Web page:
Are plants the next human guinea pigs?
Medical research designed to benefit humans may in the future also be carried out on plants.
This may be a surprising idea but it is far from unrealistic, according to Associate Professor Sureshkumar Balasubramanian of the School of Biological Sciences at Monash University.
Associate Professor Balasubramanian has been investigating how plants respond to temperature change, a major project supported by a prestigious Future Fellowship from the Australian Research Council.
With rising temperatures associated with global warming threatening global food supplies, Associate Professor Balasubramanian has been identifying plant varieties that stand up to hot weather.
He analyses the genetic make-up of plants whose seed set or flowering time is not affected by heat, to determine precisely why they thrive while others do not.
Even a small plant may have at least 25,000 genes.
"Technology now allows us to look at the impact of temperature rise on all these genes rather than testing one at a time, so you can see how the organism as a whole responds to change," Associate Professor Balasubramanian said.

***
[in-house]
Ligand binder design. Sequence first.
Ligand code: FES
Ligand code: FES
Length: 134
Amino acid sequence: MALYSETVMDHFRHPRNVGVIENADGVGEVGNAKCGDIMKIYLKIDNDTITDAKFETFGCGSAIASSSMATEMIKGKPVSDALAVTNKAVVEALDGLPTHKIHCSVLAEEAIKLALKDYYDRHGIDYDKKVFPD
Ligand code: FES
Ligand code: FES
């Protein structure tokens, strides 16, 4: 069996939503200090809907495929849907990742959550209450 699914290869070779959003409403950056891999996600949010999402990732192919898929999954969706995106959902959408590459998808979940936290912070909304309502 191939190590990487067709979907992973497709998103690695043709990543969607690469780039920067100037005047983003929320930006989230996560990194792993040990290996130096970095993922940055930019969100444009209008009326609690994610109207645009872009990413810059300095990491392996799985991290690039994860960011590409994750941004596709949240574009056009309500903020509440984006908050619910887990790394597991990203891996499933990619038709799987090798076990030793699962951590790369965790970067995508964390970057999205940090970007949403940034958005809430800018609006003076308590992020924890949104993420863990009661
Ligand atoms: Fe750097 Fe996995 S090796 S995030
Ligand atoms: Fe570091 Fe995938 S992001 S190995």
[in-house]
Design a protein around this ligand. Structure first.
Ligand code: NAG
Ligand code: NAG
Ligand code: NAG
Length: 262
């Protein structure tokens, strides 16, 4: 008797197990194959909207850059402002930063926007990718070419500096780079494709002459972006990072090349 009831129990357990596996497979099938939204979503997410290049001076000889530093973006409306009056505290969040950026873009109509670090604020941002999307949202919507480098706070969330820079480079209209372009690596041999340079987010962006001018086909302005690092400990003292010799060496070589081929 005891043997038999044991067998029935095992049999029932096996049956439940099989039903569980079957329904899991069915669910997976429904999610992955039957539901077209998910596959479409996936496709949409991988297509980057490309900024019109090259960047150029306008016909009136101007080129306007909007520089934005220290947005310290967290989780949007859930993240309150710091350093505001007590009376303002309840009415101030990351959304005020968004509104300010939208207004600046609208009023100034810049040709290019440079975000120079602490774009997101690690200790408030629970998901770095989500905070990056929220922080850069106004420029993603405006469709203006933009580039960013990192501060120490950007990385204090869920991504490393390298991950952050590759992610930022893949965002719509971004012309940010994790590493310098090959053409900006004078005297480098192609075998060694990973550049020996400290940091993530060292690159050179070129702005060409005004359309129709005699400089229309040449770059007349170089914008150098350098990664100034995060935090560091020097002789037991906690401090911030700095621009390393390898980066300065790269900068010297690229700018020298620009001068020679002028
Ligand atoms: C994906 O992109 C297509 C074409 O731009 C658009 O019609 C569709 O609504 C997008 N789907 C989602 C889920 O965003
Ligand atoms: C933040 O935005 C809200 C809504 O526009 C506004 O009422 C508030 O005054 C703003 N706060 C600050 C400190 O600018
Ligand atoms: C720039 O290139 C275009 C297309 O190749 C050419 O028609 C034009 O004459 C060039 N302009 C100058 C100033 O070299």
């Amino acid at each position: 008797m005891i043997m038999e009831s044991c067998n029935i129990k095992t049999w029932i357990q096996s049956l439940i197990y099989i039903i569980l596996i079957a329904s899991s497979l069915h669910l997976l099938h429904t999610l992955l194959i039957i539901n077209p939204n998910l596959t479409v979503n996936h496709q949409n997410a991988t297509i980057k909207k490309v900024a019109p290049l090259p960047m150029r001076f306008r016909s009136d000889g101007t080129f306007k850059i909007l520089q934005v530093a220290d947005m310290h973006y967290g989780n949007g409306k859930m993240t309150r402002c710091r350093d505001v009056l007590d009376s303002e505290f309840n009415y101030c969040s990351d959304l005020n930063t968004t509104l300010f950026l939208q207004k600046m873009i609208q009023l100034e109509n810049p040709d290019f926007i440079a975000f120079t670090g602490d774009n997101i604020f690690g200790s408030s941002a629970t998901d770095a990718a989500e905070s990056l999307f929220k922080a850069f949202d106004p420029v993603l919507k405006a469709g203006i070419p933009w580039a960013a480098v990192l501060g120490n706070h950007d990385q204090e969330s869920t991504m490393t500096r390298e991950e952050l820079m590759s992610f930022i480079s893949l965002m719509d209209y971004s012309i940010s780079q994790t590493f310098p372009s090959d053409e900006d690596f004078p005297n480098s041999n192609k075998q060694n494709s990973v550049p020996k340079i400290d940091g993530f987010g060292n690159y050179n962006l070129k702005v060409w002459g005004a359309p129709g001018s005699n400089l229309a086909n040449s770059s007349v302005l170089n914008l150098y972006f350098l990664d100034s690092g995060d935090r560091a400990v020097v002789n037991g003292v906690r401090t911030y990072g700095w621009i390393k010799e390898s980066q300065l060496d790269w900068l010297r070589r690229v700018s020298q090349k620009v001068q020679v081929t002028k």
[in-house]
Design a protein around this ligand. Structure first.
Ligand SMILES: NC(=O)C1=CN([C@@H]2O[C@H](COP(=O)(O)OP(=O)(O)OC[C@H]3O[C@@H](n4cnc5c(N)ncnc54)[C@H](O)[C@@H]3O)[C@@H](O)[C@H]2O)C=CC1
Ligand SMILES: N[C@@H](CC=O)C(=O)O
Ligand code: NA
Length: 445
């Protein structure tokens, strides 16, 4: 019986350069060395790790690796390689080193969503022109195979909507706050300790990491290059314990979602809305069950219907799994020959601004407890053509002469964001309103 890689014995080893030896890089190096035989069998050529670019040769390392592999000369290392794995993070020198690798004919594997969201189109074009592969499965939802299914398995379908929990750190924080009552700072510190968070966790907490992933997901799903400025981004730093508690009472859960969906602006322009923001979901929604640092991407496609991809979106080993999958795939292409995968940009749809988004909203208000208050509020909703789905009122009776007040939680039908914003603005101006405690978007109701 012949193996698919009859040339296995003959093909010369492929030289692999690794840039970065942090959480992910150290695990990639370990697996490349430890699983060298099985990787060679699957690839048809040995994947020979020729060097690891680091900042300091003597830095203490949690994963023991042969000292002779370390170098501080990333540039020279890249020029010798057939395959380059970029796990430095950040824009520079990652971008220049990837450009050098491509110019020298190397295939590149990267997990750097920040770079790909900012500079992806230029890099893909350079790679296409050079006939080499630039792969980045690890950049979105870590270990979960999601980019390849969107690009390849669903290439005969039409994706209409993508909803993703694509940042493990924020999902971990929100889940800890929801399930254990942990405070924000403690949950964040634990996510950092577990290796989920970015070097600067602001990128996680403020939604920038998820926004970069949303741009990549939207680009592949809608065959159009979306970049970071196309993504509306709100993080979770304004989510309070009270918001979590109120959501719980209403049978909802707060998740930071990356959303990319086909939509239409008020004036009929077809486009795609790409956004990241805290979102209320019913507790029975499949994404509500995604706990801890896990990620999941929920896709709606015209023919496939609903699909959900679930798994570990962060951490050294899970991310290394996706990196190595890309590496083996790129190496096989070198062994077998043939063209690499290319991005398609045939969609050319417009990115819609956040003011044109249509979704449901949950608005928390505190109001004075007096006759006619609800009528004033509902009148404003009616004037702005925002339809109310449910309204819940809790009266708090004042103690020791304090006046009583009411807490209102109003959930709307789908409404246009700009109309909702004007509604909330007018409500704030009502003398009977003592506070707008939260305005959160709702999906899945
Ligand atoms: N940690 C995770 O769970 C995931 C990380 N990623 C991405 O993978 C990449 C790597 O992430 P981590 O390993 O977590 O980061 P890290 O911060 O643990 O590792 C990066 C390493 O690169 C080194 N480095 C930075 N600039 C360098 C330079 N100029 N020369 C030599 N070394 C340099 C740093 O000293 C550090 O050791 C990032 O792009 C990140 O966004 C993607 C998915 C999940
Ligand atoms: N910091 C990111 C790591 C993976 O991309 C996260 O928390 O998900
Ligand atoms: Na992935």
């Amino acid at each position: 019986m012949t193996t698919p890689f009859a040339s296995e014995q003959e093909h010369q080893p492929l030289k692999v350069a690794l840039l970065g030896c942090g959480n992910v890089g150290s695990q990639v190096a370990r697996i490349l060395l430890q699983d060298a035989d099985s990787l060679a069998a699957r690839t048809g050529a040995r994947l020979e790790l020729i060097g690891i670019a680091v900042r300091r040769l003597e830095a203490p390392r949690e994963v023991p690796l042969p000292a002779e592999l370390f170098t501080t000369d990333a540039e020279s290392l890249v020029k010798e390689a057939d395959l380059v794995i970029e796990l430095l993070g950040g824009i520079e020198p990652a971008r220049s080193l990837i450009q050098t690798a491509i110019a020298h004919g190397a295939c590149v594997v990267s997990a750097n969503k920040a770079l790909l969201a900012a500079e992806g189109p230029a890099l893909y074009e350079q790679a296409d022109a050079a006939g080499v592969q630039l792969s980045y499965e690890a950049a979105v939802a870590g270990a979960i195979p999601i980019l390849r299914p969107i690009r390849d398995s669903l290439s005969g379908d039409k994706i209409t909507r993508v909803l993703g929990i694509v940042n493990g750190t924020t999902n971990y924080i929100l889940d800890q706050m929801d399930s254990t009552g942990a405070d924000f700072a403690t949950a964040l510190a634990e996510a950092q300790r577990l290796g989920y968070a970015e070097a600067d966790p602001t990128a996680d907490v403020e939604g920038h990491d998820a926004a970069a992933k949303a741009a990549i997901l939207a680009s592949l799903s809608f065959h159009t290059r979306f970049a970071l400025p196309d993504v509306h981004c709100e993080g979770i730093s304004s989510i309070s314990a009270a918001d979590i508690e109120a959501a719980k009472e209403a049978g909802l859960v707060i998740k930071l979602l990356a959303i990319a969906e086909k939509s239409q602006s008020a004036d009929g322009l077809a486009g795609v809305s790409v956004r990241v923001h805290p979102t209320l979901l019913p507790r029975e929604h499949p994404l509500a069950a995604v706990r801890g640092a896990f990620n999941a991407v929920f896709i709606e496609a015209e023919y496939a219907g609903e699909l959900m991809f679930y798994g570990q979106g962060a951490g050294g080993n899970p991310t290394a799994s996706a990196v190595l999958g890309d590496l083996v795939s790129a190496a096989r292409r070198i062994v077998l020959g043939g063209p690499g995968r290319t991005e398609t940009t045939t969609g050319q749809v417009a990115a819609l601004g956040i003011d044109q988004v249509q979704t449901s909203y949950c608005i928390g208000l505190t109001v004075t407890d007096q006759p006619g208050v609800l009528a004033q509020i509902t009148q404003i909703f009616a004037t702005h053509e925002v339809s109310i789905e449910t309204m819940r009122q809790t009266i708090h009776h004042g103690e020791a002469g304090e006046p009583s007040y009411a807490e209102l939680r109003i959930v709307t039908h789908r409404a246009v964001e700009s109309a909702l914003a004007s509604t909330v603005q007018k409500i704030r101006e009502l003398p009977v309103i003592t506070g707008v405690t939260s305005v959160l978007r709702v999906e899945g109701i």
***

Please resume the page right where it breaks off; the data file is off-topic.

"It’s learning from nature for our own benefit."
Such knowledge has great potential for improving farming practices as conditions change. But during Associate Professor Balasubramanian’s experiments with temperature, something with perhaps even more potential became apparent.
When one set of plants started dying, investigations showed a genetic mutation was to blame.
"It turned out that this type of genetic mutation causes up to 40 genetic diseases in humans," he said.
"A very similar mutation underlines many genetic neural diseases like Friedreich’s ataxia [an inherited disease that causes progressive damage to the nervous system]."
Genetic defects in plants or animals set up a chain of causal effects, and the pathologies that eventually result have nothing in common.
"Typically research is on how you can address that later pathology," Associate Professor Balasubramanian said.
"Our assumption is the first stage should be very similar in plants and in humans. What we are asking is – what if you try to attack the first step?"
Through a project funded by the National Health and Medical Research Council, his lab is now experimenting with plants as models, as they investigate fundamental biological questions about how mutations arise, disperse and lead to disease.
If plants could be used in this way, the many possible benefits include being able to study change over many generations in a short time, and to test different drugs on plants rather than human or animal tissue.
It is still early days, said Associate Professor Balasubramanian, acknowledging the risk involved in such an innovative approach.
"We don’t know where this is all taking us," he said.
"But we see a lot of opportunities in it."